By Duncan Mackay

Dwain_Chambers_examining_spikesApril 28 - UK Anti-Doping (UKAD) has backed the United States' attempt to have the International Olympic Committee's (IOC) controversial eligibility rule that will stop defending 400 metres champion LaShawn Merritt from running at London 2012 scrapped, even though it would open the way for British drugs cheats like Dwain Chambers (pictured) to compete at the Olympics.

The United States Olympic Committee (USOC) and IOC have asked the Court of Arbitration of Sport (CAS) to determine the validity of IOC Rule 45, which bars any athlete receiving a doping sanction of greater than six months from competing at the next Olympic Games.

The rule, adopted in 2008, has been criticised as creating a second penalty for athletes who have served their doping suspension.

"I have gone on record previously stating that UK Anti-Doping does not believe that additional eligibility rules provide athletes who are charged with an anti-doping rule violation with any incentive to assist in the fight against doping in sport," Andy Parkinson, the chief executive of UKAD, told insidethegames.

"With London 2012 around the corner, we are very encouraged by this positive development and will watch these proceedings before the CAS with interest."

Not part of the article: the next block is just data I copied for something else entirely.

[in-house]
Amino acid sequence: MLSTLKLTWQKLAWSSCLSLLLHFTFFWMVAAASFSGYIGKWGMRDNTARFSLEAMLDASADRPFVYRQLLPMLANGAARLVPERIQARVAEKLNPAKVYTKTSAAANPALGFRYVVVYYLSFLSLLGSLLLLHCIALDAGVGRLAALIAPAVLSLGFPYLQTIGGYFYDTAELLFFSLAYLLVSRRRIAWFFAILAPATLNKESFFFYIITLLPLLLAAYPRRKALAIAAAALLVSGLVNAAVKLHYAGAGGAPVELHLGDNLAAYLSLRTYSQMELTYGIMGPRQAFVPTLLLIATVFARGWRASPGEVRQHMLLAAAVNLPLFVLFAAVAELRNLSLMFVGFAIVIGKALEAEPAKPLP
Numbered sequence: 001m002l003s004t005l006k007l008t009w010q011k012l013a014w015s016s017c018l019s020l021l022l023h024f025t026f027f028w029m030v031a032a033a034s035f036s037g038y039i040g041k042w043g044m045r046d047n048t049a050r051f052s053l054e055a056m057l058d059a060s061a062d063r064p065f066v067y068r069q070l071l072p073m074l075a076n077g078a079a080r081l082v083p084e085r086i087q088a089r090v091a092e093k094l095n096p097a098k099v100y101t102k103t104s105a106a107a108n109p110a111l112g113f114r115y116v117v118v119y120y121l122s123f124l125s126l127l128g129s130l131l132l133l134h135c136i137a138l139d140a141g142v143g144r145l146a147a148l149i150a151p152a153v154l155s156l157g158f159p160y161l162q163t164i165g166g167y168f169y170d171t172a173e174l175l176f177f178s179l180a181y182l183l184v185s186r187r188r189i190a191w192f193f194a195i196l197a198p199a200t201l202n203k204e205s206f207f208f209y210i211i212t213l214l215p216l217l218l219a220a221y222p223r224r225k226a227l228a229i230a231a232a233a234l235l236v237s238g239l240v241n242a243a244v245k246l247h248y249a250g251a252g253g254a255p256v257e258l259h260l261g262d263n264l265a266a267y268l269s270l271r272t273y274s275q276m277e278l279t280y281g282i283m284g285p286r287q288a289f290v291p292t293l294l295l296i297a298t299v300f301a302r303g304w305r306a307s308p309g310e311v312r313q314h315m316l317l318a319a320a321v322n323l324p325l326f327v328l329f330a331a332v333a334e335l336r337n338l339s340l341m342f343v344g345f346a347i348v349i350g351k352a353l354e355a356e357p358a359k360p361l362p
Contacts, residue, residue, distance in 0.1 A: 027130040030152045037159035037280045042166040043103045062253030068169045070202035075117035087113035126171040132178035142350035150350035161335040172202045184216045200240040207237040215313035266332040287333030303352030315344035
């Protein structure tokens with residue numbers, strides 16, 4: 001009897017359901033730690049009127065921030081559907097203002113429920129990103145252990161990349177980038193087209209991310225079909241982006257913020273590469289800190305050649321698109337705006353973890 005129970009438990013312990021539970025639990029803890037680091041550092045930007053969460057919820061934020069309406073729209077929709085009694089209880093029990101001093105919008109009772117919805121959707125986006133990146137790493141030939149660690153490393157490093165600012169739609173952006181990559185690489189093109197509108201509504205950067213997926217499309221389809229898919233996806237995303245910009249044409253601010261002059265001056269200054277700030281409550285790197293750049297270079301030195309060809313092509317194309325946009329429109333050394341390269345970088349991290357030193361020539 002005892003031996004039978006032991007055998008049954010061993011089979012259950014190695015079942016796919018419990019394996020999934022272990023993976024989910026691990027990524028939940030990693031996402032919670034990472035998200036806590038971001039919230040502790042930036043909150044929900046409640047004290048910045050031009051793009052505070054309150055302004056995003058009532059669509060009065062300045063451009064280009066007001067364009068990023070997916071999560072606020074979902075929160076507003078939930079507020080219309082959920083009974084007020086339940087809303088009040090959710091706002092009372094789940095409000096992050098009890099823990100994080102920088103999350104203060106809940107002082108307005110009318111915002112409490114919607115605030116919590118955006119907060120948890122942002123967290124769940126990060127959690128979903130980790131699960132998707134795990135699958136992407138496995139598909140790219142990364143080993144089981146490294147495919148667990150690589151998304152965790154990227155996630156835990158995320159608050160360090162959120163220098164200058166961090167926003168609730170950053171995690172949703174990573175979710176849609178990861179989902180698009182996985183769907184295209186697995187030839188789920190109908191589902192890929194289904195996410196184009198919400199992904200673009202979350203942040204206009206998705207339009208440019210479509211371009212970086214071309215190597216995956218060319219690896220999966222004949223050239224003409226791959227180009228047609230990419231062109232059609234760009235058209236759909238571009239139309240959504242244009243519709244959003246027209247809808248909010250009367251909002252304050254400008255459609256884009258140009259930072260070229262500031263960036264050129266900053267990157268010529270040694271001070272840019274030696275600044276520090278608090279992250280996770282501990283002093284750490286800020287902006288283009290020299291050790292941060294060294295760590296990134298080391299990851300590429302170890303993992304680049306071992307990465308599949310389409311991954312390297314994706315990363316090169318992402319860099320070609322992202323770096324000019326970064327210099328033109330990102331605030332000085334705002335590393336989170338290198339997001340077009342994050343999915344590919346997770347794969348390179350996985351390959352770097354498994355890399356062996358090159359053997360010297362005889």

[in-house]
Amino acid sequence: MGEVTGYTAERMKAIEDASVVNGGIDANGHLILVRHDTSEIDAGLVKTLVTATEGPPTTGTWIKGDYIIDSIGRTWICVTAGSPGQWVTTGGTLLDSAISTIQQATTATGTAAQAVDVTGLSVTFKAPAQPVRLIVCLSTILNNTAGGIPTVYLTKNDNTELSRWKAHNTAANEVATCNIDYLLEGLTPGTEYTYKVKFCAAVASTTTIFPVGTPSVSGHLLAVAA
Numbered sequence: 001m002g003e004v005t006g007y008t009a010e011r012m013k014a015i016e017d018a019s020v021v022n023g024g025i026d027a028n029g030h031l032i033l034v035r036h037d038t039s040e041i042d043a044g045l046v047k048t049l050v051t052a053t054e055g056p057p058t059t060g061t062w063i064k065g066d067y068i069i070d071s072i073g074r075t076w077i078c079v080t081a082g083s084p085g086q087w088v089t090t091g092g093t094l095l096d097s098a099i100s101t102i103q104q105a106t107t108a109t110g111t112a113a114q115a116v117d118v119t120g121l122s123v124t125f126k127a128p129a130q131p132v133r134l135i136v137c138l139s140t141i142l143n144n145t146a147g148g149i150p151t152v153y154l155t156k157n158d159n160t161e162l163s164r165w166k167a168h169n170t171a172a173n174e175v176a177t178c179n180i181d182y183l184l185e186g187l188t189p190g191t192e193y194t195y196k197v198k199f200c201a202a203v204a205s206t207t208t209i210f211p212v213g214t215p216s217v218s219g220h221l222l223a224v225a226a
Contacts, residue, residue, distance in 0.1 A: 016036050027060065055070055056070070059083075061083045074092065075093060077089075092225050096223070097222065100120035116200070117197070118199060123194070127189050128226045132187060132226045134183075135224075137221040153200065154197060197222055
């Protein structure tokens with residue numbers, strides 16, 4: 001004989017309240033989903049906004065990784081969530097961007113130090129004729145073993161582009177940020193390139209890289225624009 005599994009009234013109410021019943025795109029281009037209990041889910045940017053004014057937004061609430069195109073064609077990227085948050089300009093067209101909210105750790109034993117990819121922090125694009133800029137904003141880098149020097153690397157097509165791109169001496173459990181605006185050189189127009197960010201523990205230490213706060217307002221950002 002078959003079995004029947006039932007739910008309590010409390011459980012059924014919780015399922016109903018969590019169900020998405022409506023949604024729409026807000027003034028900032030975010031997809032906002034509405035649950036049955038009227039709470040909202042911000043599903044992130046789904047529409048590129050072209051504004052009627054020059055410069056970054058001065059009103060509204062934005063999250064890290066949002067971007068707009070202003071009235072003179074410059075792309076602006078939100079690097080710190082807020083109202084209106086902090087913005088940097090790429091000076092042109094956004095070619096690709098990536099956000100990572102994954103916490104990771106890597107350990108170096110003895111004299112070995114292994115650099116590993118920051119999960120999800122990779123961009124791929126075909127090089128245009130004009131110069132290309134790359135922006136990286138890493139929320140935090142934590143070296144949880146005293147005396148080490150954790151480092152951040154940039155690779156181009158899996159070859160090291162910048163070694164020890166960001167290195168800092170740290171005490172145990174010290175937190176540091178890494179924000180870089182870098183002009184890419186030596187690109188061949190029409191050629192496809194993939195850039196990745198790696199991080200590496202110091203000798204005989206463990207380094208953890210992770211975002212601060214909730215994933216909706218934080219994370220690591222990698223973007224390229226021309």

If the CAS decides in favour of the USOC then it will leave the way for British competitors like Dwain Chambers and David Millar to challenge the British Olympic Association's (BOA) by-law which prevents any athlete with a doping ban from representing Team GB at the Olympics.

Parkinson has previously criticised the rule, claiming that it confuses the situation and impedes the work of organisations like UKAD because there is no incentive for athletes banned for taking drugs to cooperate with them.

Chambers, who tested positive for a cocktail of banned drugs in 2003 and was suspended for two years, tried unsuccessfully to get the ban lifted before the Beijing Olympics in 2008 when he took the BOA to the High Court. 

"At the least any decision will provide clarity around this area and the timing will ensure that this international issue will be resolved well in advance of the 2012 Games," Parkinson said.

"The World Anti-Doping Code, agreed at an international level, encourages athletes to provide substantial assistance which can be grounds for a reduction in the sanction period.

"All Anti-Doping Organisations need the ability to offer athletes the motivation to share information with their relevant authorities, therefore assisting to catch those who are involved in the supply of performance enhancing substances."

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